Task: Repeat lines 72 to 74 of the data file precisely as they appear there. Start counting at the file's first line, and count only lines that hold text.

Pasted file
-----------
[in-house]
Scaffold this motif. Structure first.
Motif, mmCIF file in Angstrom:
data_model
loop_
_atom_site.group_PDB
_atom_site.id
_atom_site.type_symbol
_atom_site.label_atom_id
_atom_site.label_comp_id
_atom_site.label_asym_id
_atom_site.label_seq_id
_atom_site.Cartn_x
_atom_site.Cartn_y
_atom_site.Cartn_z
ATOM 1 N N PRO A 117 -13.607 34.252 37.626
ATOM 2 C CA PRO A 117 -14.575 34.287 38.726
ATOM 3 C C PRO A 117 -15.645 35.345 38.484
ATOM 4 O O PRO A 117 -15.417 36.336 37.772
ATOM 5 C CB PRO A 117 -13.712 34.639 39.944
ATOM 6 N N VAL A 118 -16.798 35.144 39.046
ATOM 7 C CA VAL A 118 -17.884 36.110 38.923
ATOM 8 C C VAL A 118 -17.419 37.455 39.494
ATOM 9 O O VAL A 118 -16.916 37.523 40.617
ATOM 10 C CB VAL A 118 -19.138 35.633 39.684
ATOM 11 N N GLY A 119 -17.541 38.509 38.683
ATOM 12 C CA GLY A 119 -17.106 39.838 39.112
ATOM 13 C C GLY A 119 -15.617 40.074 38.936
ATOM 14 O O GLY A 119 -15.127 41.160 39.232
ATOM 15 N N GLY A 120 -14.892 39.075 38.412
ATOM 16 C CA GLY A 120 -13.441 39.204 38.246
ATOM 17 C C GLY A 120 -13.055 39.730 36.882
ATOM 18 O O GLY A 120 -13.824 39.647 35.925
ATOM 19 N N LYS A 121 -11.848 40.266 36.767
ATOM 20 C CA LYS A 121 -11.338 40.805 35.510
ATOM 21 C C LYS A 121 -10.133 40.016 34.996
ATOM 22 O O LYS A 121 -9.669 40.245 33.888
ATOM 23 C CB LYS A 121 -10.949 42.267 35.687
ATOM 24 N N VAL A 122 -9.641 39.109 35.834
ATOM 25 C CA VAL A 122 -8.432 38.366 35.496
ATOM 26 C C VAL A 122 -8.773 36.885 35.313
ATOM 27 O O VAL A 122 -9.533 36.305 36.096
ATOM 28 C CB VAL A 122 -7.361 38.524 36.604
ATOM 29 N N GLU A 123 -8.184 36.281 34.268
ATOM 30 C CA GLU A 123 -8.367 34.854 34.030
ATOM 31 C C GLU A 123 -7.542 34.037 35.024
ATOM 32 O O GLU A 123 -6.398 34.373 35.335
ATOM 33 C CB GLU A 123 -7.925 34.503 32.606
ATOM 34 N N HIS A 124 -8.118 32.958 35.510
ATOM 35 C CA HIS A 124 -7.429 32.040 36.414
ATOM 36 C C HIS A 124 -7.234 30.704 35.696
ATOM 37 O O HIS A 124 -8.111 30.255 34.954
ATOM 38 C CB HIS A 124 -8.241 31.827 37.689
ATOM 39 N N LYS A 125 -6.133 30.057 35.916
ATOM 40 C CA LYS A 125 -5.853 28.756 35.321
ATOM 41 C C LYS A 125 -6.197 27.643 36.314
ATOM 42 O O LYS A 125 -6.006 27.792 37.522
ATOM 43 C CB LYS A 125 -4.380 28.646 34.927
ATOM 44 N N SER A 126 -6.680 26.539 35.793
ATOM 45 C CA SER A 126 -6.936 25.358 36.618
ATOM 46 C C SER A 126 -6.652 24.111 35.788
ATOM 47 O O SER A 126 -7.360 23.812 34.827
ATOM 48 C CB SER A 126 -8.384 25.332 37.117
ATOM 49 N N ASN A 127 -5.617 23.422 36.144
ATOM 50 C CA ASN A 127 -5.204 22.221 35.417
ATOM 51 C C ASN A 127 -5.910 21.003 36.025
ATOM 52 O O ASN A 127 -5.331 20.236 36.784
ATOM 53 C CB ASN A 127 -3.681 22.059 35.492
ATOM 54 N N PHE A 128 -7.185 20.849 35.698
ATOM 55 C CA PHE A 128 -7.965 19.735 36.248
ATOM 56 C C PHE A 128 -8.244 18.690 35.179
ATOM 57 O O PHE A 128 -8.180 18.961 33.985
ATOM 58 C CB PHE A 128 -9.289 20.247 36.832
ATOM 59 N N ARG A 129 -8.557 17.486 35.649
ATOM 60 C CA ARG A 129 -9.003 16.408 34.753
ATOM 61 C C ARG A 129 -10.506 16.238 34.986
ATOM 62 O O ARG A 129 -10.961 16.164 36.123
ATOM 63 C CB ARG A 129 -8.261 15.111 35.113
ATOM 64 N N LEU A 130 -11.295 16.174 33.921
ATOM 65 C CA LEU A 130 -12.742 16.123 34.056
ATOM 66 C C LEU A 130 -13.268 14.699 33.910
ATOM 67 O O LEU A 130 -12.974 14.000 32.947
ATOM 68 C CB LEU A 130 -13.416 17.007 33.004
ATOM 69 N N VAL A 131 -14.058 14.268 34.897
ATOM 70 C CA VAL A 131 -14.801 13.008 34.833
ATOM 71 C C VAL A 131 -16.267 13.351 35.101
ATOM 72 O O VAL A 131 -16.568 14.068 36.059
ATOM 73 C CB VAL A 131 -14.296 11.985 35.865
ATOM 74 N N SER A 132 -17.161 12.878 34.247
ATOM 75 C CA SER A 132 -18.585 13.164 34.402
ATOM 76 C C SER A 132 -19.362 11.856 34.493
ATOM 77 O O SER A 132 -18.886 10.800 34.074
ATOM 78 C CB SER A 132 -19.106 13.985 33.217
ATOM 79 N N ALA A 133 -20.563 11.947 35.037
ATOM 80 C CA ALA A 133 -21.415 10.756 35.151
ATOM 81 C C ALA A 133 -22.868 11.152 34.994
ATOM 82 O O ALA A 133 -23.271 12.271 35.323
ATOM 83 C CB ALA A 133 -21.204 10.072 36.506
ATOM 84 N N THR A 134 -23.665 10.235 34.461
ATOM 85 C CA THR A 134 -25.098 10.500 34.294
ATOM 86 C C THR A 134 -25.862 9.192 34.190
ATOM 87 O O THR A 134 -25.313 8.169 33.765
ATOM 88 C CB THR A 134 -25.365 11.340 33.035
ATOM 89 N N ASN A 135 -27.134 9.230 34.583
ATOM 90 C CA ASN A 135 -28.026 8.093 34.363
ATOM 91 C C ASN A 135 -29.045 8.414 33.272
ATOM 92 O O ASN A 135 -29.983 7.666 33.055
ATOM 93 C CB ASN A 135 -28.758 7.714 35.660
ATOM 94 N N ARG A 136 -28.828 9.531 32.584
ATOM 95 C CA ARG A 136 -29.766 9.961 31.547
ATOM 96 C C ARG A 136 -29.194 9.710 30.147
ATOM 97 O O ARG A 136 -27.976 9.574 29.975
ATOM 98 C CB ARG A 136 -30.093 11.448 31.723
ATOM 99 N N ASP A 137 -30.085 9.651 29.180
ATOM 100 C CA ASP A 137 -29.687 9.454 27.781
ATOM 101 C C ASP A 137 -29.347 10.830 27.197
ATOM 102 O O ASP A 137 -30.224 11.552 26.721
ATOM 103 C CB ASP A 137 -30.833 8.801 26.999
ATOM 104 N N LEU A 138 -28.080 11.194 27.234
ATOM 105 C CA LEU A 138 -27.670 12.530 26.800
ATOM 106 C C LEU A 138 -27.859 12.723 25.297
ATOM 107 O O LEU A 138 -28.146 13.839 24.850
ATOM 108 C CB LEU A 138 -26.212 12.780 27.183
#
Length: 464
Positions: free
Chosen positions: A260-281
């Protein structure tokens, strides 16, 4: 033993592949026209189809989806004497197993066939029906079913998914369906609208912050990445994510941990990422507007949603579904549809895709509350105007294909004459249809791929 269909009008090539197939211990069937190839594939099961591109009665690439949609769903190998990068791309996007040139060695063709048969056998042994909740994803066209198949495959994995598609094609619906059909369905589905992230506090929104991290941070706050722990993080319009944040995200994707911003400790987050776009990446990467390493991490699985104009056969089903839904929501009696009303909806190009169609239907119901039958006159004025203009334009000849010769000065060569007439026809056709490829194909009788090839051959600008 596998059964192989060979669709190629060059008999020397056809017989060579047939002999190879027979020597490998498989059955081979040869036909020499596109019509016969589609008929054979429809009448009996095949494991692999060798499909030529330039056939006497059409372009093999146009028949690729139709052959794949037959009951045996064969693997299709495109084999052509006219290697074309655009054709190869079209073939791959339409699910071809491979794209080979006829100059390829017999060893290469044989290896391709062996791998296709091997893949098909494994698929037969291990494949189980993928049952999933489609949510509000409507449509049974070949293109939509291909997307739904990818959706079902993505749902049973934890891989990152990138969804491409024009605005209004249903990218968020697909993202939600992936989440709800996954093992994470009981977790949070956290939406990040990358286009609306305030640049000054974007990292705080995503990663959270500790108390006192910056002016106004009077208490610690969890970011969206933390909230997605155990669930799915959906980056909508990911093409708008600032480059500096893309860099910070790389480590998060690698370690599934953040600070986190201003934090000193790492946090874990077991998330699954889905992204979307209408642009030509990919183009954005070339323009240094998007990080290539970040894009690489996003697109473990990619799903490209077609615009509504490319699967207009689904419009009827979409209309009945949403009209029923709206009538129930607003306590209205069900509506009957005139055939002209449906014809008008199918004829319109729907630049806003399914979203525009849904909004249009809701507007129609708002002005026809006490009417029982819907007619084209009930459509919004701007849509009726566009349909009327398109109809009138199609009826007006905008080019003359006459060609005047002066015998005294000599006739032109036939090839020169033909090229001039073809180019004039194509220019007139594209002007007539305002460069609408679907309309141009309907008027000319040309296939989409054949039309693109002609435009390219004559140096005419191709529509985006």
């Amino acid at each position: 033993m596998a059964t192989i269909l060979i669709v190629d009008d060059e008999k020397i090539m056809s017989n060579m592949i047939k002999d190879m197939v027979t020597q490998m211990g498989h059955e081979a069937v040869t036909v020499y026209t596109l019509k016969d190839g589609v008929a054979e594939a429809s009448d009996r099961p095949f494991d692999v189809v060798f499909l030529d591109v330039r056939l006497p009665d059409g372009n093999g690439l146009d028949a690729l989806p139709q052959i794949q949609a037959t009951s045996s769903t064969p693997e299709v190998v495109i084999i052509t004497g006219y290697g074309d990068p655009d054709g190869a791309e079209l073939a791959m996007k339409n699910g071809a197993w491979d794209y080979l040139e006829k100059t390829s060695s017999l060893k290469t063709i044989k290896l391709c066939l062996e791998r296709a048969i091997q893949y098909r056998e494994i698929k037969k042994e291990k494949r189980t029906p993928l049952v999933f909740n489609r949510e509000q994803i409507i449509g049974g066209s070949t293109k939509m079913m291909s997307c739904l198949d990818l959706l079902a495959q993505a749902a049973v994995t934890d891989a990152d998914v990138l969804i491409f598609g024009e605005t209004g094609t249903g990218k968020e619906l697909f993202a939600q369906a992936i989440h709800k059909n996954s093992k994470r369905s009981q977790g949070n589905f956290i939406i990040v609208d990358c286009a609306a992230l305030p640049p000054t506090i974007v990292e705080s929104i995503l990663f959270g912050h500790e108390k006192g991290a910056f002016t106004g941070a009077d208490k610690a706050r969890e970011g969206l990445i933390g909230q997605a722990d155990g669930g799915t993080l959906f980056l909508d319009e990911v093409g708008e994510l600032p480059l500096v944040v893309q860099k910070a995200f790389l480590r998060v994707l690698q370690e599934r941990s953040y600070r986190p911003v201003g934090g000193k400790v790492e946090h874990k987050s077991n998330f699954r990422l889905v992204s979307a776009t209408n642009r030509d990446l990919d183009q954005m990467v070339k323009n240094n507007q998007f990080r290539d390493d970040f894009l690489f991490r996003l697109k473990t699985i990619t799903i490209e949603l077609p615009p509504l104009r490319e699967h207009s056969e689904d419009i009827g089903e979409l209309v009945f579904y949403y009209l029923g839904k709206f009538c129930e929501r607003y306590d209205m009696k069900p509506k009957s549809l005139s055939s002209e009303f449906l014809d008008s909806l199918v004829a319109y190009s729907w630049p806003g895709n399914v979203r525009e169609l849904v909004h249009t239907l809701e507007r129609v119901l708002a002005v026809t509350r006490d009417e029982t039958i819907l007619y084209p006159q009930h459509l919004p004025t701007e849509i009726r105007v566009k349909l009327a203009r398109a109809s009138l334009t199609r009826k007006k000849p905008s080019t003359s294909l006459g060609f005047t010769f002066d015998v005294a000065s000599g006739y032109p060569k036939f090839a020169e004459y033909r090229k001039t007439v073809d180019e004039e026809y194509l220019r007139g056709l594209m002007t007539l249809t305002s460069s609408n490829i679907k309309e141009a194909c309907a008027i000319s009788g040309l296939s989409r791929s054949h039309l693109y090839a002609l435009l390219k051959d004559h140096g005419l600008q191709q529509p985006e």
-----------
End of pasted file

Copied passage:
ATOM 57 O O PHE A 128 -8.180 18.961 33.985
ATOM 58 C CB PHE A 128 -9.289 20.247 36.832
ATOM 59 N N ARG A 129 -8.557 17.486 35.649